Senator Johnson (R-Wisconsin) rose to offer amendments, one of which would require members of Congress to obtain ACA-compliant health insurance through ACA exchanges.  Each amendment related to the text of H.R. 1628, not to the motion being debated.  Senator Enzi took the floor again at 3:05.  He reviewed how the same partisan reconciliation process was used to pass the ACA in 2010, how many material changes were made by the prior Administration’s “executive actions,” and how premiums soon will “surge” if Congress fails to make other needed changes now. Again, nothing about Senator  Donnelly’s pending motion.  After a quarter hour of muted-mic floor silence, Senator Strange (R-Alabama) made a short plea for consensus opposition to tax-funded abortions.

Fortunately, all things must come to an end, as this seemed to do, starting with a quorum call at 3:32, followed by a roll call vote … on Senator Paul’s amendment, which was defeated, 55 – 45.  Starting at 4:14 pm, the Clerk finally called the roll for the vote on Senator Donnelly’s motion to recommit H.R. 1628 to the Finance Committee.  On that one, Republicans stuck together and prevailed, 52 – 48.  Game on.

You thought we were done for the day?  Rookie.  Seconds after the Donnelly motion’s defeat, Senator Casey (D-Pennsylvania) moved to send H.R. 1628 back to the Finance Committee with instructions to protect in the bill all those protected by the Americans with Disabilities Act, using in his speech an enlarged photo of a disabled constituent and accusing “obscene,” “repeal and decimate” Republicans of seeking to institutionalize people with disabilities.  Because, apparently, when “they” take the low road, “we” tunnel.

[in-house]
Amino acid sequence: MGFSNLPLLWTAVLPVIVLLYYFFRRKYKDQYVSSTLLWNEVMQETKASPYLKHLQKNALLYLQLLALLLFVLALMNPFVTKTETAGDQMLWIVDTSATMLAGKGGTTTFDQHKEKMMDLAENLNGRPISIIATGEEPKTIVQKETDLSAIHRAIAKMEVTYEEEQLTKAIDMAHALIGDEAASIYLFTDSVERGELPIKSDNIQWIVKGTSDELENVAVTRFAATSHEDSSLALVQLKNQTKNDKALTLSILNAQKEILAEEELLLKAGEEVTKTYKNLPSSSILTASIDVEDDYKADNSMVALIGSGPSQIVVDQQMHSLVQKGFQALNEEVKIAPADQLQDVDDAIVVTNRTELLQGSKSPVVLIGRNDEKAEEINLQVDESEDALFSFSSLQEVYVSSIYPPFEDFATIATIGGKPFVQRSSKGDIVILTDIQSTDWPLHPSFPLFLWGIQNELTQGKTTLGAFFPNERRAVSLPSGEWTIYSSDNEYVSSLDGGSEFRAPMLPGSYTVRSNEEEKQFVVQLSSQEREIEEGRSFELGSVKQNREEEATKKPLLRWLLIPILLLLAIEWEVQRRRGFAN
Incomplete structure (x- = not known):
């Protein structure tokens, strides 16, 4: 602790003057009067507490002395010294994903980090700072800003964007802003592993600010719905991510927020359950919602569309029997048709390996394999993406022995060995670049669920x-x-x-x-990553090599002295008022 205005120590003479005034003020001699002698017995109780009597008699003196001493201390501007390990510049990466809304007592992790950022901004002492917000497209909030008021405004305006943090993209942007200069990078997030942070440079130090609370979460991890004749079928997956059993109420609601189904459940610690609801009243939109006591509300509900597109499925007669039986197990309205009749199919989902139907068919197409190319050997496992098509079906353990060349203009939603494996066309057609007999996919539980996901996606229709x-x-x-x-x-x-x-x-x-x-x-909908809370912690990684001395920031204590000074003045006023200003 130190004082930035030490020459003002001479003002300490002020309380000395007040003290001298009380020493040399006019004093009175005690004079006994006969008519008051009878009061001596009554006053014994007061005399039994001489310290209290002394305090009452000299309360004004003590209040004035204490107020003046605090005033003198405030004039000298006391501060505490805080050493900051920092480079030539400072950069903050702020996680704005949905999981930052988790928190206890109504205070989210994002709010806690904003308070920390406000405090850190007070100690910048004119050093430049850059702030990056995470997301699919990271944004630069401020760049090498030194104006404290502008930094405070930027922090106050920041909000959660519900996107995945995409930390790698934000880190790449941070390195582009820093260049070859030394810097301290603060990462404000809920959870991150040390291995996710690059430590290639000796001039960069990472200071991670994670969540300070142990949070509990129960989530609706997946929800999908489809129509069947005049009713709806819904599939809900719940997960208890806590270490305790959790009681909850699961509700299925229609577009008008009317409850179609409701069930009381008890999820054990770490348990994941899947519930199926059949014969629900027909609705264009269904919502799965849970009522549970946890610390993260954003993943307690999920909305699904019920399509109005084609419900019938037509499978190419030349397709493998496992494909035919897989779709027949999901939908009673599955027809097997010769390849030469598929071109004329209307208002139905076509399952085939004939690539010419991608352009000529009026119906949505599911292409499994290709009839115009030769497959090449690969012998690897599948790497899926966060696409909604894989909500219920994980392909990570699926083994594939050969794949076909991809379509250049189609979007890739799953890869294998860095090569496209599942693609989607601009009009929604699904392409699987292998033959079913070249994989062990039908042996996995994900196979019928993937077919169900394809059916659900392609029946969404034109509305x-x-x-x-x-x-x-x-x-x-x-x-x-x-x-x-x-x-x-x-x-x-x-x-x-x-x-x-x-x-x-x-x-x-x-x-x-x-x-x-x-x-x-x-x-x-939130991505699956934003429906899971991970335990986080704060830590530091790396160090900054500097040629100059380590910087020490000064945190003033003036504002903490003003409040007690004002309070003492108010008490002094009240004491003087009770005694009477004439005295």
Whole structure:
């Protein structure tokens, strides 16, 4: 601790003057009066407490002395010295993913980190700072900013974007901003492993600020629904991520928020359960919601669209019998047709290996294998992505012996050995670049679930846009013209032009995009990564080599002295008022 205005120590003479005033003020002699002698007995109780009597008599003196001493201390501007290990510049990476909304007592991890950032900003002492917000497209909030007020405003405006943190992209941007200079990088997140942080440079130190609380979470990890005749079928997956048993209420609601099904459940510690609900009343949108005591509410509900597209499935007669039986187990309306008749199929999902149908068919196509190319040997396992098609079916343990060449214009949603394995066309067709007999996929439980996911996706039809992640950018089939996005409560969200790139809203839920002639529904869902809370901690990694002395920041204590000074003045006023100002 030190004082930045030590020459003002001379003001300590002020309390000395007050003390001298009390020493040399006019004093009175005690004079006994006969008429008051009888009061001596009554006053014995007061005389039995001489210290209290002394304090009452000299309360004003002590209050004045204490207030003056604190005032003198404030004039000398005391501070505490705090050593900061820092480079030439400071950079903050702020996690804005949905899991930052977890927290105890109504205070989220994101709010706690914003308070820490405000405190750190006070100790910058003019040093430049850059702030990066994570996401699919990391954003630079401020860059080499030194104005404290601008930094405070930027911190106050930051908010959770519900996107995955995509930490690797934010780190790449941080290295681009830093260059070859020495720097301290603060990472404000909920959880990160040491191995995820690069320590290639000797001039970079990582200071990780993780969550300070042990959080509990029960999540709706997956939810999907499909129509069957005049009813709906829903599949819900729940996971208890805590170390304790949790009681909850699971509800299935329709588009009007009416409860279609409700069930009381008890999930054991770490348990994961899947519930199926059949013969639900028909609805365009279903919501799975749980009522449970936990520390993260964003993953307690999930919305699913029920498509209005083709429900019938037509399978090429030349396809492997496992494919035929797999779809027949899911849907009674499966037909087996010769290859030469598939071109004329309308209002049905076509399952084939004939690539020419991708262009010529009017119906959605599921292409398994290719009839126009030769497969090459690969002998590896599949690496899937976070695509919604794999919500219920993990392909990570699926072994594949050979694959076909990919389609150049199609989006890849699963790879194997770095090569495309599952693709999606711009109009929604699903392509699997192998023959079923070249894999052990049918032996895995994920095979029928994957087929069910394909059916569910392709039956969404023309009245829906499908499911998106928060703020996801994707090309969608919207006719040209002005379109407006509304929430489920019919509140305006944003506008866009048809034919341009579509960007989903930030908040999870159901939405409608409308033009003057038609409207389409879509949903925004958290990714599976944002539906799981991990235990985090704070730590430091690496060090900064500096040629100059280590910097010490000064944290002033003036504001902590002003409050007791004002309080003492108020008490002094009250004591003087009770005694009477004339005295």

Senator Cassidy (R-Louisiana), like Rand Paul a physician,  ignored that bait and added a new Republican talking point: 37% of all ACA Medicaid expansion funds have been spent in just three states – California, Massachusetts and New York.  He then announced a forthcoming “Graham – Cassidy Amendment” to spread that wealth around.  In the best WWF tradition, Senator Cassidy then tagged Senator Graham (R-South Carolina), who used foam-core charts and an easel to explain that “we’re leaving the taxes on wealthier Americans in place,” in order to have the funds to convert Medicaid to state block grants boosting underfunded states without excessive cuts to overfunded states.  West Virginia, he said, would get a 43% Medicaid raise.  Montana Medicaid funding would double.   There was no ad hominem argument, no name calling – just observations and proposed solutions.  Apparently filling time, Senator Inhofe (R-Oklahoma) took the floor for a few minutes to praise President Trump and “my hero Jeff Sessions.”  Senator Enzi then announced that the next votes would be on the Heller Amendment (not yet described) and the Casey motion.

Senator Carper (D-Delaware) spoke at length on the recent history of federally-funded health care, noting that the Heritage Foundation originally conceived several solutions adopted by the ACA, including health insurance exchanges, as an alternative to the single-payer system proposed by Hillary Clinton in 1992-93.  “Romneycare” was prominently mentioned. If Republicans winced, they weren’t on camera.